“The Minimum” Is Sabotaging Your Ministry

The worship leader put a message out to the team. It said:

“What do you think of rehearsing only on Sundays before the service? I ask this for two reasons: you wouldn’t have to take out a night to rehearse, and we can just do one or two rehearsals a month only to learn new songs.”

I get the spirit of this question. She’s trying to make it easier for her team. Perhaps people have been missing rehearsals or have full schedules. She may feel pressure from what some team members are saying. Their team is just starting to play as a full band after covid, so that context is important to note.

But here’s what comes up in me when I read this.

Making choices that violate the spirit of worship end up sabotaging your worship ministry.

Put this conversation aside and think about the nature of worship. What words come to mind to describe it?

Sacrificial. Generous. Risky. Excellent. Heartfelt. All-in.

But would you ever describe worship as giving the “bare minimum?” As “what’s the least we can do and still get by?” And don’t even get me started with not thinking we can ask more from “our volunteers.”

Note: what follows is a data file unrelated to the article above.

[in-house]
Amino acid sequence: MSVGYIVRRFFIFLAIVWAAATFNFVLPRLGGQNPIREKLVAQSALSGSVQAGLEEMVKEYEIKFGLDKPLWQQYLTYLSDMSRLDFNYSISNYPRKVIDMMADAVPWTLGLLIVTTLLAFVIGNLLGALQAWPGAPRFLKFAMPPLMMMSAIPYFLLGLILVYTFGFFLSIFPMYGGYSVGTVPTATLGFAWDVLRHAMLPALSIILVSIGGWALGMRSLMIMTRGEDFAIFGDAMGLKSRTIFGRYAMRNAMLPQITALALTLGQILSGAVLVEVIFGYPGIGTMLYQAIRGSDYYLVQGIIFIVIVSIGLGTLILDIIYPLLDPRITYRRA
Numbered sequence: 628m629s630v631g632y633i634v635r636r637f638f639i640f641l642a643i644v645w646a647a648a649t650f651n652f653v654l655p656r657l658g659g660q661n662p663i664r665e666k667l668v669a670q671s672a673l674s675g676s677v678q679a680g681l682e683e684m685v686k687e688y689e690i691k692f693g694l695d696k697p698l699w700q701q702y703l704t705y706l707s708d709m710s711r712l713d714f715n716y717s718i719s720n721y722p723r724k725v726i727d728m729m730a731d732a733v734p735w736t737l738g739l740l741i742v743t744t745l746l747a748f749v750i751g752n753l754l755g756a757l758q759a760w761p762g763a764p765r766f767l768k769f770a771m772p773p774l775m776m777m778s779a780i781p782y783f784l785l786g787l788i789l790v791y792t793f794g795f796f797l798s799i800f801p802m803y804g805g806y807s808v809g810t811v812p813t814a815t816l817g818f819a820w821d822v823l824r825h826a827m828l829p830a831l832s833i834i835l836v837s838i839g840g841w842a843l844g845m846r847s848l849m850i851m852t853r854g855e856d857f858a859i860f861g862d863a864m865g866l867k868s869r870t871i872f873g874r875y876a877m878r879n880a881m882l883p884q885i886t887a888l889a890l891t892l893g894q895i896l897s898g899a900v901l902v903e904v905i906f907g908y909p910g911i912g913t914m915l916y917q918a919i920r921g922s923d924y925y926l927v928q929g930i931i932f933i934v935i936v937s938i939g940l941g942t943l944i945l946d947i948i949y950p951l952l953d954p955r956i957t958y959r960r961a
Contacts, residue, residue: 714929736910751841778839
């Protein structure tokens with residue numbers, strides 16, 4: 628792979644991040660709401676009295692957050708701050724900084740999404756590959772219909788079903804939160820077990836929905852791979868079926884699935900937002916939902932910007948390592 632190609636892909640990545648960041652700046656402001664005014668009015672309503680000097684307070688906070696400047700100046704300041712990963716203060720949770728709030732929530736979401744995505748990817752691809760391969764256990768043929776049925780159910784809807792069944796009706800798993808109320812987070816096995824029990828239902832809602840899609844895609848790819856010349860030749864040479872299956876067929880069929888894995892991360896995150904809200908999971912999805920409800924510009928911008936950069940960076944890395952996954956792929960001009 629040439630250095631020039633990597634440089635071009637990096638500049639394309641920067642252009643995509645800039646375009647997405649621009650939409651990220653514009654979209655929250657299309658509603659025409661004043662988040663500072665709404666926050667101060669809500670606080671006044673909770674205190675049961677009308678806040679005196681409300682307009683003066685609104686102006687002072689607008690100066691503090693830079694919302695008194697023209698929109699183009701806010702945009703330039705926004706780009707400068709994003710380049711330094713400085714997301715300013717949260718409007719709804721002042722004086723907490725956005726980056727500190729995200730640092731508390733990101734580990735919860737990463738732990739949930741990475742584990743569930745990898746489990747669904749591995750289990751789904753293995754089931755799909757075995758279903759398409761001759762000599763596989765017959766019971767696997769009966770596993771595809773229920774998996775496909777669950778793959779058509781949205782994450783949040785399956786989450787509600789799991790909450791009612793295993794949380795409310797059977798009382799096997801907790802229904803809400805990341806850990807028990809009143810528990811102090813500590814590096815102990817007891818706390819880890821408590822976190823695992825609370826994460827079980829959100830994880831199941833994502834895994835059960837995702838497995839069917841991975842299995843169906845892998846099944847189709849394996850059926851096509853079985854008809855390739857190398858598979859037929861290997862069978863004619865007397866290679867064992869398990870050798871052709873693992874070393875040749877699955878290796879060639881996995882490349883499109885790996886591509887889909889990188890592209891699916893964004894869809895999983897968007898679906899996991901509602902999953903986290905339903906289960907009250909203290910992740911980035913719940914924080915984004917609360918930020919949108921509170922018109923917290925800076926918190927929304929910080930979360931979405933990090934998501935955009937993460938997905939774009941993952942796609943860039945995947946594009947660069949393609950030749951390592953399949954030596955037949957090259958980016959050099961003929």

This thing should cost us our lives. I take serving in worship seriously.

I’m not talking about intentionally making things harder for our teams, like not having the audio set up before they arrive or not giving them the music at least a week out.

I’m talking about trying to not let it take up too much space in their lives and schedules. What are we building here after all? A weekend shift at Walmart or a community of worshipers?

It’s like this: Without faith, it is impossible to please God, and pleasing God is at the heart of worship. So we must approach worship ministry with faith. We must be active in our faith. A faithless worship team is only a team.

What would you change if you would think through your decisions to line up with the spirit of worship?